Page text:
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Parent in Prison- An Interview with Their Child

*All names and identifying information has been redacted or substituted for confidentiality*

“An estimated 310,000 children every year have a parent in prison in England and Wales.” 

According to https://www.nicco.org.uk. I was shocked when I first learnt this statistic. How can a figure be so high yet not commonly known? Is it because of the taboo nature of prison, or is it simply not something we like to shine a light on? It’s hard to imagine the impact this must have on so many families throughout the U.K. To give me a better insight, I interviewed someone who had a parent in prison when they were a child. 

How old were you when your parent went to prison?

12 I think, so that was year 8 and my dad was in prison for a year. His sentence was two years but he only served one. 

How did this affect your school life?

No one said anything – it was very bizarre. But there was no way they couldn’t have known because there was only one school in the area. It was a small town. Yet no one confronted me, and I was kind of expecting it – it’s almost like I wanted them too. I was really angry inside and it’s like I wanted an outlet, I wanted someone to confront me about it. My three best friends were the only people I talked to about it but I hardly ever mentioned it. I never told them about what the visits were like when I went to prison. I had one day off school a month to go and see him so the other pupils definitely knew, they just didn’t say anything. I got the feeling maybe a teacher had told them not to. My form tutor had a little chat with me but it was never direct, he didn’t mention anything specifically. However I knew that my dad wrote to the headmaster and asked to keep an eye on me and I was furious. 

Why were you furious?

I thought how dare you, I’m fine, don’t bring attention to it. You know? I was angry in general, I had a lot of anger to start with. But as the oldest child my dad had always said look after your mum, look after the family so I had those responsibilities to focus on. 

Was he able to contact you?

He started off in a horrible prison so that wasn’t nice. Once he got moved to an open prison he could phone us. It was nice to be able to keep in touch. It was hard though because my youngest sister was born whilst he was in prison – she was born about 6 months after he went. I found that tough because I felt I had to help look after my mum… no that’s not right, I felt protective of my mum. That’s how I felt; very protective. I did have a lot of responsibilities. We also got evicted in that time.

Was that because you didn’t have money coming in with your dad in prison?

Yes, so we lost the house. Mum was pregnant, we’d lost our money, so yes. We were in a very big semi-detached house in a really nice area and we got evicted to a council house in a rough estate. In terms of family, all we had was an aunty and uncle who lived down the road but they didn’t help us much at all. Although they lived less than five minutes away, we hardly ever saw them. Reflecting on it now, I think they were ashamed. So we didn’t really get support. We didn’t really have a family support network.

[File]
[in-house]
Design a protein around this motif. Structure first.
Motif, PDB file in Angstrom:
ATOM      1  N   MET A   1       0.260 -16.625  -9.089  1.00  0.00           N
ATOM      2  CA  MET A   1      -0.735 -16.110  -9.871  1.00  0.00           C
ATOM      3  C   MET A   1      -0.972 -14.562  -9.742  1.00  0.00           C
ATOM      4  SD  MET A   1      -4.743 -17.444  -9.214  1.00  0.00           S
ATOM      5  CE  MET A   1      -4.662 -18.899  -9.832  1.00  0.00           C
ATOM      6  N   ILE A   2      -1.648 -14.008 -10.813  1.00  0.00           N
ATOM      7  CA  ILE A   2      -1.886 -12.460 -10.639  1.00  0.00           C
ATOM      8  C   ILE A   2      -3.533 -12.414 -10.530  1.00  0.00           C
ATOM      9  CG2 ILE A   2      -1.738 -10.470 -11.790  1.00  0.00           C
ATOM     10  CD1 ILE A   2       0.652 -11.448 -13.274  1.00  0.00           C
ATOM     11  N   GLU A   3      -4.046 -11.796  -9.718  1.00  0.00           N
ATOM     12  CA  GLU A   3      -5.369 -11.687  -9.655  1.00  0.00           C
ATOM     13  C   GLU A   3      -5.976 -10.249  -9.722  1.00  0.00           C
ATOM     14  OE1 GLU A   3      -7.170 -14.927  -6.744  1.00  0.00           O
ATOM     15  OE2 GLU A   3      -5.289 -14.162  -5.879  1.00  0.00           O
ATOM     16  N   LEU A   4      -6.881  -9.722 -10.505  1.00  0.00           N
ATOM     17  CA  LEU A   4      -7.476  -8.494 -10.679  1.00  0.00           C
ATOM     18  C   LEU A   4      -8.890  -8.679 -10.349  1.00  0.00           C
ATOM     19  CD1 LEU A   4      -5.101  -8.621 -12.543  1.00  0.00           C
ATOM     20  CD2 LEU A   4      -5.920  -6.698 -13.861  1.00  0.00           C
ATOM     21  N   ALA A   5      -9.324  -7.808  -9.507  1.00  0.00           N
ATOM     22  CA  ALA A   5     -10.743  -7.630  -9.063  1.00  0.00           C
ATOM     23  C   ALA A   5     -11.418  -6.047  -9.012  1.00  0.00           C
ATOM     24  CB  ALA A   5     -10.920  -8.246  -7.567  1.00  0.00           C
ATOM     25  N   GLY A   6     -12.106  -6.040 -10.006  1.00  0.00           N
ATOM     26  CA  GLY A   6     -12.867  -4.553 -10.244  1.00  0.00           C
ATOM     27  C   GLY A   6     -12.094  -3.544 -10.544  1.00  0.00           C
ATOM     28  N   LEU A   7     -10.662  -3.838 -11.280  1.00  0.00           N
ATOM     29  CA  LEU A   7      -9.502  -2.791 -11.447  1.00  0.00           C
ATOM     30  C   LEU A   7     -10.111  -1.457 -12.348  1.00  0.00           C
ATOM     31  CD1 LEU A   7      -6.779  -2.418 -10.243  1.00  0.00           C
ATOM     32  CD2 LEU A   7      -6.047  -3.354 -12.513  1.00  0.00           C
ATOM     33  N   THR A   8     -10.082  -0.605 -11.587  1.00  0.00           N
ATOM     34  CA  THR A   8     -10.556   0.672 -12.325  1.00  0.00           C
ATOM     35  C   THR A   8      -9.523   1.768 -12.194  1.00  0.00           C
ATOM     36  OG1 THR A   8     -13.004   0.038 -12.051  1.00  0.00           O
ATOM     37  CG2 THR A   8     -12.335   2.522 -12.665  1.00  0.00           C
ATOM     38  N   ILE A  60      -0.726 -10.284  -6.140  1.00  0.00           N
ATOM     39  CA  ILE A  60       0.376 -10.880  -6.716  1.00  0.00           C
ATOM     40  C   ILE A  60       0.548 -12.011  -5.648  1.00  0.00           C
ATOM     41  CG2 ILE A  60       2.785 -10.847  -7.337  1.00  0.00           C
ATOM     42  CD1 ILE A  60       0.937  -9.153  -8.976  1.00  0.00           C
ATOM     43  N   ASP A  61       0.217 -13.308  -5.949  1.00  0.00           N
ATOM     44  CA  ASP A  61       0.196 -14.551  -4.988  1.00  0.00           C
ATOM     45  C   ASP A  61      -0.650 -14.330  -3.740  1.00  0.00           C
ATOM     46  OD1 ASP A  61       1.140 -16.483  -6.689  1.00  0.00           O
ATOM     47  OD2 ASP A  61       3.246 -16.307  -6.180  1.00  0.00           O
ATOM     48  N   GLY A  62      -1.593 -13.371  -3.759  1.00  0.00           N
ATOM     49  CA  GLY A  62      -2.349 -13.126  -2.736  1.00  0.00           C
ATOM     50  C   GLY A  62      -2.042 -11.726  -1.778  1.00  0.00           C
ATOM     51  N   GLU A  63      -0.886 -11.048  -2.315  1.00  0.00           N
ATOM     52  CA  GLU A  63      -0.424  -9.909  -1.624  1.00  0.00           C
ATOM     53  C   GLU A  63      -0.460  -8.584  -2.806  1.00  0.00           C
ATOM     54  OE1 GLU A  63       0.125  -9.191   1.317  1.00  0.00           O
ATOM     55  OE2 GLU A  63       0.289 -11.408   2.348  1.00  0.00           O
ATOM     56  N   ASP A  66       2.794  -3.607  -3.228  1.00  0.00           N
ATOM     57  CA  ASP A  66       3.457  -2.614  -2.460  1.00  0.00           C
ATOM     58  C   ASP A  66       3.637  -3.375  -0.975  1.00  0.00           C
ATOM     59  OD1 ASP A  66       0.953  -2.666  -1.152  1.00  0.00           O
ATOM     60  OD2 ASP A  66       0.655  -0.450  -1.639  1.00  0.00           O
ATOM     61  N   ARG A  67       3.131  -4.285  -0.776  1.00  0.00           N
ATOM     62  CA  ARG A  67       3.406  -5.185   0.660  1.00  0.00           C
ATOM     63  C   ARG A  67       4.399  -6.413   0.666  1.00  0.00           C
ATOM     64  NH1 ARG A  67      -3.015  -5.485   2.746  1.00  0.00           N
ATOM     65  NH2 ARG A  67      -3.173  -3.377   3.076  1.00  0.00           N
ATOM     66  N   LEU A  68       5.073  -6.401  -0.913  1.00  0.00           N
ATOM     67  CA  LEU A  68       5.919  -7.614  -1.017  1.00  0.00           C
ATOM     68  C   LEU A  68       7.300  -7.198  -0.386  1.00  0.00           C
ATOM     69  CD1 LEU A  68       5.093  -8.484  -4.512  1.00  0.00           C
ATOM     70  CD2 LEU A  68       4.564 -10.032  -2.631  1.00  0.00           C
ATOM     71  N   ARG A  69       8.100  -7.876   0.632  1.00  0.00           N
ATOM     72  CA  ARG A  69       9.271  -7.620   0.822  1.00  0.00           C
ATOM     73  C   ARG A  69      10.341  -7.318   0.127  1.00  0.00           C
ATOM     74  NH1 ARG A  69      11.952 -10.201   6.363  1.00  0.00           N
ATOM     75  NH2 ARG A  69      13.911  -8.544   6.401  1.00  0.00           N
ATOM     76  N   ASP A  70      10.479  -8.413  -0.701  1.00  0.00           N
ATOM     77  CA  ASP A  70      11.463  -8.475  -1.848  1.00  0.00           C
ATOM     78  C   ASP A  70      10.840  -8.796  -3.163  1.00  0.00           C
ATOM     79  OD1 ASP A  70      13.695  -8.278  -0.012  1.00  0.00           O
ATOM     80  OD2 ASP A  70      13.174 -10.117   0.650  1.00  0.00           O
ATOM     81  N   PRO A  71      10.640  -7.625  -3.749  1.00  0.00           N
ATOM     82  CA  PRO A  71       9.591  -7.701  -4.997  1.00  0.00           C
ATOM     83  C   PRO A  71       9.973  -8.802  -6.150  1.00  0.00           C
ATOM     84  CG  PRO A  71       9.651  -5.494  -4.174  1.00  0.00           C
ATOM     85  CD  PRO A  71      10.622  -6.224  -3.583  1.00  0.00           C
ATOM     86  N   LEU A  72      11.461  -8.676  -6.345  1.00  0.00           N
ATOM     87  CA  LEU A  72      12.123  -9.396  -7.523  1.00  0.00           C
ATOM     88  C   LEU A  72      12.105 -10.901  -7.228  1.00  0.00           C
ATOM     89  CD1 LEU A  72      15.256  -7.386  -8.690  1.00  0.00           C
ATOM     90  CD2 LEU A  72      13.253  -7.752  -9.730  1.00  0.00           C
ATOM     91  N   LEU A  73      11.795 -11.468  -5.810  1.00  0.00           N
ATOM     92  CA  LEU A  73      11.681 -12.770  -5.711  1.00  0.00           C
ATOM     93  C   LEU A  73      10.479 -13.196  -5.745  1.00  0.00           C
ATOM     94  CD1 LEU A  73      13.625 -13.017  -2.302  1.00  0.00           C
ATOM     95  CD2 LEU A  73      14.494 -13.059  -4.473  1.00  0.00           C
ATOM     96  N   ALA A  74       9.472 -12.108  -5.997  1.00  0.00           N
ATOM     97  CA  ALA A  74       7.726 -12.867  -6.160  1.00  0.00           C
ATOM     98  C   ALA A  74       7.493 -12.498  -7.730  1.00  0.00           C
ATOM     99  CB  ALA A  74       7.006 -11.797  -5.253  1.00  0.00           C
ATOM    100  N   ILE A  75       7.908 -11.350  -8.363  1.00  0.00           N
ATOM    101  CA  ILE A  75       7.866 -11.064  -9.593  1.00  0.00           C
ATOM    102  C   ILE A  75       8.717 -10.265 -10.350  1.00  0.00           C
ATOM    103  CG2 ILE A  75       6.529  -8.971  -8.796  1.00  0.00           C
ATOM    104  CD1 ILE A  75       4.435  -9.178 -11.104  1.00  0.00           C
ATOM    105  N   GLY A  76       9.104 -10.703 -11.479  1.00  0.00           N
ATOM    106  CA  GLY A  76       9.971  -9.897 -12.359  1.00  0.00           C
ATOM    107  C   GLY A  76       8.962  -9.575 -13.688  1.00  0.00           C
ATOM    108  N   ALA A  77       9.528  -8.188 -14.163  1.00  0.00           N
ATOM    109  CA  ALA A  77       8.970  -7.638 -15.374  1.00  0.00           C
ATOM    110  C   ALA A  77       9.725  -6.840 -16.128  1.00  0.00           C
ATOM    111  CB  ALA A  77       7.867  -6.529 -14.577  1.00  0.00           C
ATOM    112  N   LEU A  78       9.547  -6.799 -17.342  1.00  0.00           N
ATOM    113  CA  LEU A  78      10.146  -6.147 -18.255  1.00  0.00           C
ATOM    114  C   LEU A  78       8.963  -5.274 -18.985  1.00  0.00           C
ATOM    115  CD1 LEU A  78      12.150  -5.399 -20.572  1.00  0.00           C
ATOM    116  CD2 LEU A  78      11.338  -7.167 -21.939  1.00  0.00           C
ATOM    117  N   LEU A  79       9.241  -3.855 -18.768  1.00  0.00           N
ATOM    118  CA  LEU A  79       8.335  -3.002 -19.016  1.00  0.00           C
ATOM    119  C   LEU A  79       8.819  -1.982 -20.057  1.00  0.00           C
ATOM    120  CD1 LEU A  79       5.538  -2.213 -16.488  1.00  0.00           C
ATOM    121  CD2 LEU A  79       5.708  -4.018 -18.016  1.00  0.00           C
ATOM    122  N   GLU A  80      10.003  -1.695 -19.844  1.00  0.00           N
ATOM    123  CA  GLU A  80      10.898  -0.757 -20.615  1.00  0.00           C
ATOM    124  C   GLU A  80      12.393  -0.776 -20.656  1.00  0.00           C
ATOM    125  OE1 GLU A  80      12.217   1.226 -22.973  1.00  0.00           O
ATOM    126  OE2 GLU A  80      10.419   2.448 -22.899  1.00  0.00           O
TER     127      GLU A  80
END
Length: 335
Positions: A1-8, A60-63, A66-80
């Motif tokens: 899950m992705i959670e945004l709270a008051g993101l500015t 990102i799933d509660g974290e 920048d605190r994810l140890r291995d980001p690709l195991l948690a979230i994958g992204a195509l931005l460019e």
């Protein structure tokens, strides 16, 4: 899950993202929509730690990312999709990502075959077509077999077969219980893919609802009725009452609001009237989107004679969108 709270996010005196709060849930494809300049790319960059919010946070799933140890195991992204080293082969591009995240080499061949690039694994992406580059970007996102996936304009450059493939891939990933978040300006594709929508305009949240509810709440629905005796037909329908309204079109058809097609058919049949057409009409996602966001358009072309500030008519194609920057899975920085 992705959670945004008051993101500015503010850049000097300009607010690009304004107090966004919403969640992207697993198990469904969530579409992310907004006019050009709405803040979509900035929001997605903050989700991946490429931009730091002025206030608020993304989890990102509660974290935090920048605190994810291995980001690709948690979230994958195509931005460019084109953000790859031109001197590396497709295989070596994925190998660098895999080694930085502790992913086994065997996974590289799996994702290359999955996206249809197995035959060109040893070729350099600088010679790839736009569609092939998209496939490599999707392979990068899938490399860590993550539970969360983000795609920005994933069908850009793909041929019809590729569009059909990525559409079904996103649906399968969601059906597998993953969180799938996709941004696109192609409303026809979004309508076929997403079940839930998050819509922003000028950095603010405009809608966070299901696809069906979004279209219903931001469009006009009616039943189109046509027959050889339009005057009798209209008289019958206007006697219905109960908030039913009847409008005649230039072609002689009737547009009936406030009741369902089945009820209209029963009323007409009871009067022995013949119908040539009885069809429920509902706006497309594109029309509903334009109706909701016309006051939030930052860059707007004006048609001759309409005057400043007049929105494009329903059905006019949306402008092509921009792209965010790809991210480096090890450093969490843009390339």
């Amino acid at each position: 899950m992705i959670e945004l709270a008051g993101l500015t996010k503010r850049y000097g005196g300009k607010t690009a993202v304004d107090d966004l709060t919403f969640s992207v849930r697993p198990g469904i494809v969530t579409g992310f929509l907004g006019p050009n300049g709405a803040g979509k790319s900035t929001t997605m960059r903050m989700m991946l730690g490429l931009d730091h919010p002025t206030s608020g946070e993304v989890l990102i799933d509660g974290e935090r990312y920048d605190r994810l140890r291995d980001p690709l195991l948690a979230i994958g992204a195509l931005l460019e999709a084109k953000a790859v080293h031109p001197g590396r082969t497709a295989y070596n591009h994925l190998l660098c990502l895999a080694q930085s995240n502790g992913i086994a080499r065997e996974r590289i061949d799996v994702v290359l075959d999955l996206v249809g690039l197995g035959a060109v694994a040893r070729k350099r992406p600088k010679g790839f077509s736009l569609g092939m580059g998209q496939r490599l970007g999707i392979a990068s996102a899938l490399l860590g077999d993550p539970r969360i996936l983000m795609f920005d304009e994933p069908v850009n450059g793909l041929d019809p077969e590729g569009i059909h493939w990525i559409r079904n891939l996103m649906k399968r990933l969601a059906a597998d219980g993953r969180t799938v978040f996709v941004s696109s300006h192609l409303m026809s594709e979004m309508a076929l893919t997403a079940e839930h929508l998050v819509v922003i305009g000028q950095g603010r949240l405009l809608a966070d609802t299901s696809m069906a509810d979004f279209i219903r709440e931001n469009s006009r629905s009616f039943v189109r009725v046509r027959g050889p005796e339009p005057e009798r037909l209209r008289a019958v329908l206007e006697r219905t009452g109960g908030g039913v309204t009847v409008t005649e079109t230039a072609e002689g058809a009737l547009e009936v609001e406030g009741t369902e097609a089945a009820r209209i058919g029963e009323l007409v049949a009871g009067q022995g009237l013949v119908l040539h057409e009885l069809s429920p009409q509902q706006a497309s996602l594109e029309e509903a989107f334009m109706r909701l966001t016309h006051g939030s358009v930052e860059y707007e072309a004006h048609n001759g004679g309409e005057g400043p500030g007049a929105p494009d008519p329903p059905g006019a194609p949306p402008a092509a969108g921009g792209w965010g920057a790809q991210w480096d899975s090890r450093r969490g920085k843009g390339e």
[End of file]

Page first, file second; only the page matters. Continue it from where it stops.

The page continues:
How has the experience impacted you?

Quite a hard question. Well it’s impacted me in various ways. I’m empathetic, for example with homeless people. We were lucky enough in those days that there was a council house to put us in. We had a three bedroom council house. Okay it wasn’t a nice estate, but there isn’t as much social housing now. I mean, we were made homeless and luckily there was council housing, otherwise we could have been in any awful situation. And it just makes me think, well there’s lots of things it makes me think of. Like when someone gets put in prison right, they’ve almost got it easy. They don’t have to worry about bills, where their next meal is coming from, heating or anything. They’re looked after. The ones left behind get all the stuff from their neighbours and people talking, had to put up with all the stigma. Mum had to support her children independently all of a sudden and find out how to claim benefits. So it can be harder sometimes for the ones on the outside than the inside. And back then we had no real intervention from a social worker or anything, I can’t remember anyone helping out whatsoever. So it just makes me more empathetic I think. It’s taught me not to take your home for granted. That’s partly why I don’t think I’m a great homemaker because I just think it could go at any point you know. I put more of my emotional energy into people, rather than places. 

Is there anything else you would like to say?

I’ve only been able to talk about my dad going to prison quite recently. It almost still feels too raw, even after all this time. Because I love my dad so much, it’s just like as soon as you talk about it people are going to pre-judge. Same as I do – it’s human nature. They’ll just think “Oh he went down, he did it.” That’s it. 

Yeah I suppose if you say to someone “This person really liked roller skating, he loved the colour blue oh and he went to prison” the thing you’re gonna remember is that he went to prison, so that’s what you’re going to associate with him. So I can understand that that’s not the first thing you’d want to mention.

Yeah exactly. There were so many good things about my dad I wouldn’t want him just defined as a criminal. 

For more information, please visit:

https://www.barnardos.org.uk/what-we-do/helping-families/children-with-a-parent-in-prison

https://www.prisonadvice.org.uk/

Nia Clark is a Final Year English Language and Linguistics Student

Featured Image from Pixabay

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